Titles with fantasy, subtle messages

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The miracle of childhood is bursting with enthusiasm and imagination. These qualities make it so pleasant to be with children; they look at life through an immaculate lens.

Feeding a child’s imagination daily can allow the child to maintain that enthusiasm and imagination for a lifetime. This type of “daily” exercise comes from many sources, including free play and reading imaginative books together. This is the case with the books reviewed below.

We all have the ability to hold the child within, regardless of our age. Despite the blows life can deal from time to time, being enthusiastic and resourceful about today and tomorrow is a life sustaining skill. Teaching children to do this from an early age is a real gift.

Books to borrow

The following book is available in many public libraries.

“The slippery map”, by NE Bode, HarperCollins, 273 pages

Read out: 9 years and older.

Read for yourself: 9-10 years and older.

Oyster R. Motel was dropped off at the door of the nunnery as a toddler. The nun’s way of life is all Oyster knows, and that makes for a pretty boring existence. So it’s no wonder that Oyster dreams of another world, full of excitement and all the things a boy could want.

When Oyster meets the card keeper, she hands him a card from his imagination, a card that is very small and very poor in detail. The card attendant tells Oyster that he has a great imagination, but he hasn’t unleashed it yet. “You have to be ready to work on your imagination so that you can become something.”

Not long after, Oyster hears a distant voice and a gust of wind lures him, which takes him into the imaginary world of another, where he is supposed to save this world from the iron grip of an evil force.

Piercing, loads of fun, and just the right amount of suspense – this imaginative story will take readers on a great ride.

Choice of librarian

Library: Stark County Library, North Branch Library, 189 25th St. NW, Canton

Managing Director: Mary Ellen Icaza

Senior Director of Public Service: Jen Welsh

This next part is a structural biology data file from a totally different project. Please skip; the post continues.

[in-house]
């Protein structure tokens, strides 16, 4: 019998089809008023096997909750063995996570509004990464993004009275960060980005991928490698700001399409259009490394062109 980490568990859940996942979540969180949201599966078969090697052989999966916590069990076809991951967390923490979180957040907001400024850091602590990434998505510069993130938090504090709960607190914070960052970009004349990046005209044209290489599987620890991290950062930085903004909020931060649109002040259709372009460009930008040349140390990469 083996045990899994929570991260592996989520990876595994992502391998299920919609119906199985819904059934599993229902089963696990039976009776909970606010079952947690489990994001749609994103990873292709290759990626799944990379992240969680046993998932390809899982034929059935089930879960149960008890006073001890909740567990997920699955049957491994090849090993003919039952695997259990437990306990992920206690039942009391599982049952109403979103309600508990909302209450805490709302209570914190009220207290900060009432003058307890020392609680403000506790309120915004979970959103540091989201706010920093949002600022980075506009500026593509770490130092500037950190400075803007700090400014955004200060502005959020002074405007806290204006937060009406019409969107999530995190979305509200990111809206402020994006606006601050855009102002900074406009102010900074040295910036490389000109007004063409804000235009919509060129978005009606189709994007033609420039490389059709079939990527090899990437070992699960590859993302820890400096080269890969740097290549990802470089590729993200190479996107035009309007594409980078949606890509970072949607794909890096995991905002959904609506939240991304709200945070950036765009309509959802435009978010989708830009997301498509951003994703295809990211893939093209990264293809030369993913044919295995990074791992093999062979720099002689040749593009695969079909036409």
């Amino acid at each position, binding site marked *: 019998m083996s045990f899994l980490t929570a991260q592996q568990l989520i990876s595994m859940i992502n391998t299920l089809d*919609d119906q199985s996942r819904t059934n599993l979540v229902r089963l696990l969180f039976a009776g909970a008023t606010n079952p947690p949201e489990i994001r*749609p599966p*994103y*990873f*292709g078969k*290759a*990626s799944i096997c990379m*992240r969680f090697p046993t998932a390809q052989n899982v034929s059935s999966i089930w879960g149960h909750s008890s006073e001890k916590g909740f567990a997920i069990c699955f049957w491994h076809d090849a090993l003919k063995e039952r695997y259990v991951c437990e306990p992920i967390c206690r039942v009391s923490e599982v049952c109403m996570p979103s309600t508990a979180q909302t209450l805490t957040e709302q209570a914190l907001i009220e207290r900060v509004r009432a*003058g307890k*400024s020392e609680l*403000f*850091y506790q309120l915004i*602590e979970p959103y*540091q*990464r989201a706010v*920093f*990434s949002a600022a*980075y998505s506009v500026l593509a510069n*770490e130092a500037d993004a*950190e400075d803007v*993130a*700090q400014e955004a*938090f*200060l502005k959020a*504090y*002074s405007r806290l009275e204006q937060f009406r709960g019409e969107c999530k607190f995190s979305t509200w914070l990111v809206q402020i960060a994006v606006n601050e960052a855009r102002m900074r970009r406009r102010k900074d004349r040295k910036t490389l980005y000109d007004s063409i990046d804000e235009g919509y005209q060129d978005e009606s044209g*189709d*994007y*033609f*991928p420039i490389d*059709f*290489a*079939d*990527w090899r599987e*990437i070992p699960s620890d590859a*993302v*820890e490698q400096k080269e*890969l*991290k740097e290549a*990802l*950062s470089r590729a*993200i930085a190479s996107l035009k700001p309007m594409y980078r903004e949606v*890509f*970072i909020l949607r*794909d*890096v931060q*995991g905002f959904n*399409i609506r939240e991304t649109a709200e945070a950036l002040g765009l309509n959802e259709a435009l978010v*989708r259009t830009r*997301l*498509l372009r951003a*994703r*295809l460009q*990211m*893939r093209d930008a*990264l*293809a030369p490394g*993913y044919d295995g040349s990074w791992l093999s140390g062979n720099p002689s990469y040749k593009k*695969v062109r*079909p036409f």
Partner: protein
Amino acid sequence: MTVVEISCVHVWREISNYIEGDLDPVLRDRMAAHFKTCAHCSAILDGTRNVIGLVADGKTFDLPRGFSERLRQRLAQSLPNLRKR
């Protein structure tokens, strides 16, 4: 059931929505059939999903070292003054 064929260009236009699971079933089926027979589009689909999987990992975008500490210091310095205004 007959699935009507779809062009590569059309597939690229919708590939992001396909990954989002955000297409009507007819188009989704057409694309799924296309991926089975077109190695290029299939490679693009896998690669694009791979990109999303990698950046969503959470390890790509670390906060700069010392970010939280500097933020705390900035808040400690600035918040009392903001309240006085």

Branch manager: Katherine Ferrero

Selection this week: “Fish feed”, by Andy Mansfield; “The babies on the bus” by Karen Katz; “A fold in time” by Madeline L’Engle

Books to buy

The following books are available from popular bookstores.

“The secret of the magic pearl” by Elisa Sabatinelli, illustrated by Iacopo Bruno, translated from Italian by Christopher Turner, Red Comet Press, 2021, 92 pages, $ 21.99 hardcover

Read out: Age 6-10.

Read for yourself: Age 8-10.

Hector’s father was a deep-sea diver and Hector planned to follow in his footsteps growing up. A seafaring family for many generations, Hector’s family owned and operated the marina, where divers came up and down the coast to take part in the underwater exploration of the marina. Unfortunately, the marina went bankrupt when Amedeo Limonta moved next door and built Rivadoro – a new, huge complex that offers similar diving expeditions and boat trips at much cheaper prices than the marina.

Limonta was a seedy character who didn’t care about the sea. What interested him was money, and it was rumored that Limonta was out to find the magnificent, rare, elusive pearl that lived on the seabed off the marina and sell it. When it was Hector who actually discovered the Pearl on his first deep-sea dive, a series of events unfolded that prompted Hector to summon up his courage and do what was right for the Pearl, the sea, his family and his future.

Wonderfully imaginative, magical and full of great illustrations, “The Secret of the Magic Pearl” is everything an excellent story should be and much more.

“On the meadow of fantasies” by Hadi Mohammadi, illustrated by Nooshin Safakhoo, translated from Persian by Sara Khalili, Elsewhere Editions, 2021, 40 pages, $ 20 hardcover

Read out: Age 4-7.

Read for yourself: Age 6-7.

A young girl lies in her bed and stares at her horse mobile, which ignites her imagination and fantasies. Grabbed by her imagination, she dares to go on great adventures with the seven magnificent horses. She quickly realizes that six of the horses have their own color, home, dreams and fantasies, but the seventh horse has none of it.

With the help of the girl, the six horses selflessly share what they have with the seventh horse, and finally the girl’s world becomes full of color and life.

“On the Meadow of Fantasies” is a gently in-depth book about sharing, imagining, and caring for others.


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